"Employer policies can still devastate our children's well-being. When a company can force a nursing mother back to work, when a company can deny a father or mother a chance to bond as a family with their newborn, when a company can deny a newly adopted child the hours of parental attention which may be the child's key to security and trust, or when a company can deny a seriously ill child in pain the comfort and care of loving parents, much has yet to be done."
This stirring plea on behalf of a national parental leave policy did not come from the head of a women's organization or a pediatrician. It came from a member of the international board of the United Mine Workers of America, Stephen F. Webber, who testified at a recent congressional hearing on parental and disability leave. He was not unaware of the impact of his presence.
"I can hear them now: What's an official of a macho male coal miners union doing in a place like this?" he said at the beginning of his testimony. His answer was fascinating. He said that during preparations for the 1983 union convention, which is held every four years, "local union resolutions calling for parental leave to be part of our bargaining agenda poured into the union headquarters. In line with our procedures, the issue was then raised in the appropriate convention committee and eventually brought before approximately 1,500 UMWA convention delegates who approved the demand by acclamation."
In the 1984 negotiations over a national coal contract, he said, parental leave "was one of the few union demands that was aggressively pursued in addition to the difficult task of securing a contract that met our membership's direction of 'no backward steps and no take-aways and advances in job security protection.' "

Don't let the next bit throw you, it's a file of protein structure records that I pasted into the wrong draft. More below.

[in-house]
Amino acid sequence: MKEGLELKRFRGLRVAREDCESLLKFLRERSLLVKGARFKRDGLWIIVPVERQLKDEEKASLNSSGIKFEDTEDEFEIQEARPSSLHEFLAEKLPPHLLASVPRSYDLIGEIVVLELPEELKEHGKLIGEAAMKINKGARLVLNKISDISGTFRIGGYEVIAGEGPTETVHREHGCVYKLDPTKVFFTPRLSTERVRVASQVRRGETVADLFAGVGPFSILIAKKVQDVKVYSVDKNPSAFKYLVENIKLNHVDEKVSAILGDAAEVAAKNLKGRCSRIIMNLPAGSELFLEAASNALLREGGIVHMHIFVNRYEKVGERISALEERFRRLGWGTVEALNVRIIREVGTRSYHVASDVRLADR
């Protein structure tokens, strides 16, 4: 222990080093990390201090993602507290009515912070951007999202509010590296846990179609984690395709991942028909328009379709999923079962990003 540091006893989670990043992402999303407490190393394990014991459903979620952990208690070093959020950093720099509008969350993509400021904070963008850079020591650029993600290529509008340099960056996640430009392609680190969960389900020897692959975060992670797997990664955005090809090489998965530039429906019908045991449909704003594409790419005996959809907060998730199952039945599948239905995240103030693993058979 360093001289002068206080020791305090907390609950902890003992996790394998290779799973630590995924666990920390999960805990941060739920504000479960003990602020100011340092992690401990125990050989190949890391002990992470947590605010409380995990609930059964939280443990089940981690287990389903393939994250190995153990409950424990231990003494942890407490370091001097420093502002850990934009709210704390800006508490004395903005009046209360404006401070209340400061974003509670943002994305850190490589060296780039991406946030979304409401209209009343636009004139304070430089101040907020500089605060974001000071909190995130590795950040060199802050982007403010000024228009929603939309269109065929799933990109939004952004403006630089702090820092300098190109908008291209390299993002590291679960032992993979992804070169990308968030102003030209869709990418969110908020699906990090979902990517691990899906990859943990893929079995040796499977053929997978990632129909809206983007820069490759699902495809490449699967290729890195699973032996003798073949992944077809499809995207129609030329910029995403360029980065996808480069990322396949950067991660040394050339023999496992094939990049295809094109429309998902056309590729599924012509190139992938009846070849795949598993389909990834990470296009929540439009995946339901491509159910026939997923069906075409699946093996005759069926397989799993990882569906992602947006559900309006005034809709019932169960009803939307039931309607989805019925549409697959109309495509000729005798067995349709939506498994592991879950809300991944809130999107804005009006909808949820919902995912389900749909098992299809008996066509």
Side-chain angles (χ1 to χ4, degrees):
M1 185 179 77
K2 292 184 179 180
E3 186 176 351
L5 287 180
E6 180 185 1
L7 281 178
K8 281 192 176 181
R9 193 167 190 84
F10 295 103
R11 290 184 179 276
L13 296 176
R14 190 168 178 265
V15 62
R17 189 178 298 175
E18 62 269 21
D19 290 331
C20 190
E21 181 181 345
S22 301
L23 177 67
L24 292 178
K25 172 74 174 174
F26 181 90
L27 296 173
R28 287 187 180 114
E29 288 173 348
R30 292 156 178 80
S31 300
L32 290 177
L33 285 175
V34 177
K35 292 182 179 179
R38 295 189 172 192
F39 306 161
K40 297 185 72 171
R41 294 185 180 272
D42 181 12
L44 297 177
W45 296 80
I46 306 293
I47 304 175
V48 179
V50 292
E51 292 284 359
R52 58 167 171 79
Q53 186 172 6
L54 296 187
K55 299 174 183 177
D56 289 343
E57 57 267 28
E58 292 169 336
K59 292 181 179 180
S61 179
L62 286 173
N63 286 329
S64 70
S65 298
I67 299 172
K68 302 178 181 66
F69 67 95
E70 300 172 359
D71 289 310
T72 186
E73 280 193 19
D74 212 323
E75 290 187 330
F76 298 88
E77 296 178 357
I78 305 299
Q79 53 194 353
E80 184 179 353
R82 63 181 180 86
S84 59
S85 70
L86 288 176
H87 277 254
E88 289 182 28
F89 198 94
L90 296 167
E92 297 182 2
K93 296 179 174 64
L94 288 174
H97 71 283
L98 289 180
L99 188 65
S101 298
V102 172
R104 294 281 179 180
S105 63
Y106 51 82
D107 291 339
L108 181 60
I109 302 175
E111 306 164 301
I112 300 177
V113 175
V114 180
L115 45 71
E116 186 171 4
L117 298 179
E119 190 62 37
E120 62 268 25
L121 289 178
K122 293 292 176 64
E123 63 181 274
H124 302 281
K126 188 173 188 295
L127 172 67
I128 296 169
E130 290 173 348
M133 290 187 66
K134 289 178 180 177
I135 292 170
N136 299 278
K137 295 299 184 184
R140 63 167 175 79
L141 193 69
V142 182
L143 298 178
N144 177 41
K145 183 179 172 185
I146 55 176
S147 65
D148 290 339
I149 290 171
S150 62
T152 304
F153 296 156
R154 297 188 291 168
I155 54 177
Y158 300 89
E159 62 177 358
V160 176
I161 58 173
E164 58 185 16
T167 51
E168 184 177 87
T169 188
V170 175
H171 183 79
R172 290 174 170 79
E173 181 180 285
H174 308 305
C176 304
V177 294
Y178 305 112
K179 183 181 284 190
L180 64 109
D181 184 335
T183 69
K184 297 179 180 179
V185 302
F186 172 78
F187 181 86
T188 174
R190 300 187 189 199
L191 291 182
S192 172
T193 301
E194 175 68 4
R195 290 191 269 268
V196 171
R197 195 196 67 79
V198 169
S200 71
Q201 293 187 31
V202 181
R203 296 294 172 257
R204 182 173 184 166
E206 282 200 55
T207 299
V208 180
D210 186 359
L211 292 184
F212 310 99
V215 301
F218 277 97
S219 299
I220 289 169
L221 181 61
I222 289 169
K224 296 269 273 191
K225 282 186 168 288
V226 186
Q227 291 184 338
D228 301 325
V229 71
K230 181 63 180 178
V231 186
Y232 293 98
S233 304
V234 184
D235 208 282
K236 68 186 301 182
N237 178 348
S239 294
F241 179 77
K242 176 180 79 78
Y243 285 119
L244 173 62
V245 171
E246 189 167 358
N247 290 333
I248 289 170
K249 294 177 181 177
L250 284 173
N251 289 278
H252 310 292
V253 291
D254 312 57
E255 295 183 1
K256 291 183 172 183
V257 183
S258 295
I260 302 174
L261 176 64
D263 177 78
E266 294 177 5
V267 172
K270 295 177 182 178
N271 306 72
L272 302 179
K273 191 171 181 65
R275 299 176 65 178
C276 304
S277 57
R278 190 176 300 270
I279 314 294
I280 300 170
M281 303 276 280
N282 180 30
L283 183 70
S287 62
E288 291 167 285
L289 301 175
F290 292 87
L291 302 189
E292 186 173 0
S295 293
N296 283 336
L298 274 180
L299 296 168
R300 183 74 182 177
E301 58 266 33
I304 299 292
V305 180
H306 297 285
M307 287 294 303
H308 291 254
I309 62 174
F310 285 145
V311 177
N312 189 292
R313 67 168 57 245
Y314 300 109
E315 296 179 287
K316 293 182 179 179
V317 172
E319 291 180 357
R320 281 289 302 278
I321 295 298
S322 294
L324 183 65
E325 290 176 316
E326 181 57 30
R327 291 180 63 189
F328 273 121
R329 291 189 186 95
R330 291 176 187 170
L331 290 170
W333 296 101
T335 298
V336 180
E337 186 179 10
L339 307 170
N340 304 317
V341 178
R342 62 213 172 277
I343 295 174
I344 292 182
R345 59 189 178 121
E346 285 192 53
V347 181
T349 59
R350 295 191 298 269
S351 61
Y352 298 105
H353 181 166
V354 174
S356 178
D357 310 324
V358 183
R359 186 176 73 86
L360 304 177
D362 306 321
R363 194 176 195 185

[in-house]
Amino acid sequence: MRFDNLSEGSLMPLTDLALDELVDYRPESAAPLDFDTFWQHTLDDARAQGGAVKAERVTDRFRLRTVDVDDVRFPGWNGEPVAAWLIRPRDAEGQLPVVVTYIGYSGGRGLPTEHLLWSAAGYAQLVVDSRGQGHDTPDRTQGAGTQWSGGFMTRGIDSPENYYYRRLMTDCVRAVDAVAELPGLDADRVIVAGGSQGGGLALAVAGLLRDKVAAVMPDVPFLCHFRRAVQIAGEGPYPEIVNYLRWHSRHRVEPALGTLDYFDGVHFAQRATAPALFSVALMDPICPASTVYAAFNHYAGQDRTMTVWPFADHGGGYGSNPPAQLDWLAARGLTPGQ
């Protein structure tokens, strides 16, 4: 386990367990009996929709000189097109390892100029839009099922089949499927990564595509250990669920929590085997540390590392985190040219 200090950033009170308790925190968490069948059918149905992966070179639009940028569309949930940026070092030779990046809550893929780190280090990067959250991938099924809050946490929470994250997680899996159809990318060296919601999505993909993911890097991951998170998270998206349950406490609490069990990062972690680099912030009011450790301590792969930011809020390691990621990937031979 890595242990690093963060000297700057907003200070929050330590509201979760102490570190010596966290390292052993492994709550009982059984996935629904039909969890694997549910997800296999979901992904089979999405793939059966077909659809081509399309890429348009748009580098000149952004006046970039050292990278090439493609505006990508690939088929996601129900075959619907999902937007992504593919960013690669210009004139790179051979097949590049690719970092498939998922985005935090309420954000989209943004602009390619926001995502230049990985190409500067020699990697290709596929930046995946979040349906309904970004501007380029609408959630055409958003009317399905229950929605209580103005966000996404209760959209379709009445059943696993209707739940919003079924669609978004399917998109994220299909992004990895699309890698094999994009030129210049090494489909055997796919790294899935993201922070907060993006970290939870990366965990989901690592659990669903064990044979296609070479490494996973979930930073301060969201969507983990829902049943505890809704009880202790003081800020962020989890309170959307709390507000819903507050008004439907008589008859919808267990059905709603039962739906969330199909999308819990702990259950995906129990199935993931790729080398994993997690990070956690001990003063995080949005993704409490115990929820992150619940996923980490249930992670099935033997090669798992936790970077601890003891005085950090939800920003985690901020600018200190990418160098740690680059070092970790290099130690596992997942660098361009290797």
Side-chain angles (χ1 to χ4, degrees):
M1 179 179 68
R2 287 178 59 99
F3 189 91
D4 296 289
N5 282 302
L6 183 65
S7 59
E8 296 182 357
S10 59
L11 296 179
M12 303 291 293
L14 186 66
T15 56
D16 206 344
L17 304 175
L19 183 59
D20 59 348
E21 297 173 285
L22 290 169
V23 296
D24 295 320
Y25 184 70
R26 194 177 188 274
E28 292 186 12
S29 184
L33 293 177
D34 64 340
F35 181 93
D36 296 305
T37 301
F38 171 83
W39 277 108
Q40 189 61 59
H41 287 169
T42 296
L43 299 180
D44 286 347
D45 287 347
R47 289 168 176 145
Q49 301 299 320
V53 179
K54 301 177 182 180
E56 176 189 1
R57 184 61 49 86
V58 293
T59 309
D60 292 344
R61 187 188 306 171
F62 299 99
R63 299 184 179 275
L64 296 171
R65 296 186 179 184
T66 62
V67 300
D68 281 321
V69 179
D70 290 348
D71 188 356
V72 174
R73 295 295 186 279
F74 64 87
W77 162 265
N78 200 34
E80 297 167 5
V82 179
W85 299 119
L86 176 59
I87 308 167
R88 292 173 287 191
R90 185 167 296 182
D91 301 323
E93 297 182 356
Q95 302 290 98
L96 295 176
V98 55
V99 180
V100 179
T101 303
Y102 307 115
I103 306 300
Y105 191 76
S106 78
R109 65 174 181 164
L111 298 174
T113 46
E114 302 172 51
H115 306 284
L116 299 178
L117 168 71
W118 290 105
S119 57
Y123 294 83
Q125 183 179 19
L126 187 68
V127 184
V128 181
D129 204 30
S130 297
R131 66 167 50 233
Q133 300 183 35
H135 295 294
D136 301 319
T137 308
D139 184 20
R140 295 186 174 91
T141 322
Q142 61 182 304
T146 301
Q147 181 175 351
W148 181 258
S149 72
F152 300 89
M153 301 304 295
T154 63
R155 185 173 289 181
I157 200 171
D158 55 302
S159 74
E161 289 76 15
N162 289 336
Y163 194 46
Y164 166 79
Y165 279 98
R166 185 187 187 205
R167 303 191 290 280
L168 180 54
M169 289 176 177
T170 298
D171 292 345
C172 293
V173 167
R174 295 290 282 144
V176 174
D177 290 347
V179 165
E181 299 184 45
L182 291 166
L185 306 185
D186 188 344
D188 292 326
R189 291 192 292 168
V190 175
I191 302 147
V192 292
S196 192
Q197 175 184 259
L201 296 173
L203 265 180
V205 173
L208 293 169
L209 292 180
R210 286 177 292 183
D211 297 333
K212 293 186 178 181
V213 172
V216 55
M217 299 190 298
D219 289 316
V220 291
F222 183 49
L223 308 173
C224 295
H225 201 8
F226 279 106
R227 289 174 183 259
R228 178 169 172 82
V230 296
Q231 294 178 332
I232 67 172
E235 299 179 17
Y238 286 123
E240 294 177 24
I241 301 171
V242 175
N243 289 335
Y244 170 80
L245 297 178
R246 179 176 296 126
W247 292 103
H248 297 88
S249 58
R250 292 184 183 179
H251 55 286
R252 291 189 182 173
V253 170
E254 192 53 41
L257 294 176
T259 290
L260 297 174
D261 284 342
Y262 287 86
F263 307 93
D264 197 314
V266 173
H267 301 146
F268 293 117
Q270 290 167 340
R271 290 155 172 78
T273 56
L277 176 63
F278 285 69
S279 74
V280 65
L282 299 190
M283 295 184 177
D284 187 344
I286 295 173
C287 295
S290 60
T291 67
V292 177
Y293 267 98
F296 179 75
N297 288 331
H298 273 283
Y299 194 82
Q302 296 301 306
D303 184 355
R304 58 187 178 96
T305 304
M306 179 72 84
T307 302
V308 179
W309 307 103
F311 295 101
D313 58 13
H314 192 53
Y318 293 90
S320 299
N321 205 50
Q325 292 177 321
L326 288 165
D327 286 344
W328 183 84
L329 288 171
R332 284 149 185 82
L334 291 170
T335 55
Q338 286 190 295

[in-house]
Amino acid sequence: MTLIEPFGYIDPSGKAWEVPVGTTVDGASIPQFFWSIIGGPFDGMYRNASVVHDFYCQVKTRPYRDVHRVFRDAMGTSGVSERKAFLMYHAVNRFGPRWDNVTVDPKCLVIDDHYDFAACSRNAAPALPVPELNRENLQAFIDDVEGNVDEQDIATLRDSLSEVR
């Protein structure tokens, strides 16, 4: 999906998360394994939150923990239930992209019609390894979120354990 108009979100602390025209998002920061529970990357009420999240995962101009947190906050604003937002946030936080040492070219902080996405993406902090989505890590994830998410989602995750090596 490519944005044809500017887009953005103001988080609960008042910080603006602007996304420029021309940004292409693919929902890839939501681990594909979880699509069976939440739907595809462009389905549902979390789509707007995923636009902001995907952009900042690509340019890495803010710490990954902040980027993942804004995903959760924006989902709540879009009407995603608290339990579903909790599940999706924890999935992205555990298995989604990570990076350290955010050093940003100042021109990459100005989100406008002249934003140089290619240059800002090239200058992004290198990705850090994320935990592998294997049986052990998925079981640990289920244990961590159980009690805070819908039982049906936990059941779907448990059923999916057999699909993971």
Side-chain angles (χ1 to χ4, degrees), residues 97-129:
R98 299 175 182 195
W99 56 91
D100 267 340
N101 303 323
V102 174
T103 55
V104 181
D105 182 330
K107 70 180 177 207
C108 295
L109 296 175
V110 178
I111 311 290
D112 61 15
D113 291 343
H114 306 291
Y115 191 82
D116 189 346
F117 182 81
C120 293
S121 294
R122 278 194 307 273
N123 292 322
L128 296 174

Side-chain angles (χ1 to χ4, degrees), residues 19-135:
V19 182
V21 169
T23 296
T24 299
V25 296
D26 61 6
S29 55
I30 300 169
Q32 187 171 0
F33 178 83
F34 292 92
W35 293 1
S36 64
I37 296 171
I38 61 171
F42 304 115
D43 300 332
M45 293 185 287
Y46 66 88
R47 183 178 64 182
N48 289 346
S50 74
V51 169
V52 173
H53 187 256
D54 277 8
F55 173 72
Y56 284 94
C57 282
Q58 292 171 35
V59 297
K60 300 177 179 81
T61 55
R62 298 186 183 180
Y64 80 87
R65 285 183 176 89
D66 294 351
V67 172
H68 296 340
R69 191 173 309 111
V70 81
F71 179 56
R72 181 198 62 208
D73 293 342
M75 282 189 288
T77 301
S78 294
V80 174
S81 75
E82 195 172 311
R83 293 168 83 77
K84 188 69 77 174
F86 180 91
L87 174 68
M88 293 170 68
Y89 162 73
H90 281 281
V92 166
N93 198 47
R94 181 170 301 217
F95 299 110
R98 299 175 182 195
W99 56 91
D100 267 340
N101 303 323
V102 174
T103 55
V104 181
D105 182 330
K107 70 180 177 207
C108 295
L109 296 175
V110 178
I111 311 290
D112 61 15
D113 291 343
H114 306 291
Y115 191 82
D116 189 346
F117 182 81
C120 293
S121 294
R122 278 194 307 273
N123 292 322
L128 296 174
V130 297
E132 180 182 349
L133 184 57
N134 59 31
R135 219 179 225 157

The union wanted a provision that entitled a father or mother to a six-month unpaid leave to care for a newborn child, newly adopted child or seriously ill child, he said. In the end, all it could get from the coal producers was an agreement to set up a joint study committee on parental leave that was to prepare a report on the feasibility of such a plan. He said that would be the basis for the next round of negotiations on the issue.
The UMWA, he said, has about a quarter of a million members, about 1,500 of whom are women. Webber spoke eloquently about fathers who need to assume extra responsibilities at home when a mother is incapacitated, about fathers who want to care for new babies while the mothers return to work, about adoptive parents who want time at home with their new child, and about parents of sick children.
He told of a woman miner from Indiana who travels to Texas to visit her daughter who is institutionalized there. "She lives in fear, however, that one more emergency trip may cause her employer to terminate her."
And he told of a woman miner whose 5-year-old is comatose after choking on a piece of food two years ago. "As a single parent, she had to assume 24-hour care of her son and could not return to work unless other nursing arrangements were in place. Here is a woman who worked in the mines until four days before giving birth because she could not afford to leave her job. Now a cruel twist of fate has left her without options. Had a parental leave program been in place, a parent in her situation at least would have had a chance of restoring some degree of stability to his or her life."
In a later interview, Webber said a miner can now miss five unexcused days in a 180-day period and then can face disciplinary action, leading to discharge.
He said the membership's emphasis on parental leave surprised the leadership. "It caused us to realize that the whole issue of parenting is not just from the women's perspective. There are more and more men that want to take part in that. I don't think that making it that strong a mandate was just to protect the female part of our organization. It was imperative they have it for everybody."
The Parental Leave and Disability Act introduced by Rep. Patricia Schroeder (D-Colo.) would require employers to allow up to 26 weeks of unpaid, job-protected leave for accidents, illness or other nonoccupational disabilities and 18 weeks of leave for parents to care for newborn, newly adopted, or seriously ill children.
The point was made repeatedly at the hearing that the United States is the only industrialized country that does not have a national leave policy. Webber's testimony spoke volumes not only about the need for it, but also about the changes in the American family. The macho coal miner wants to stay home with his daughter.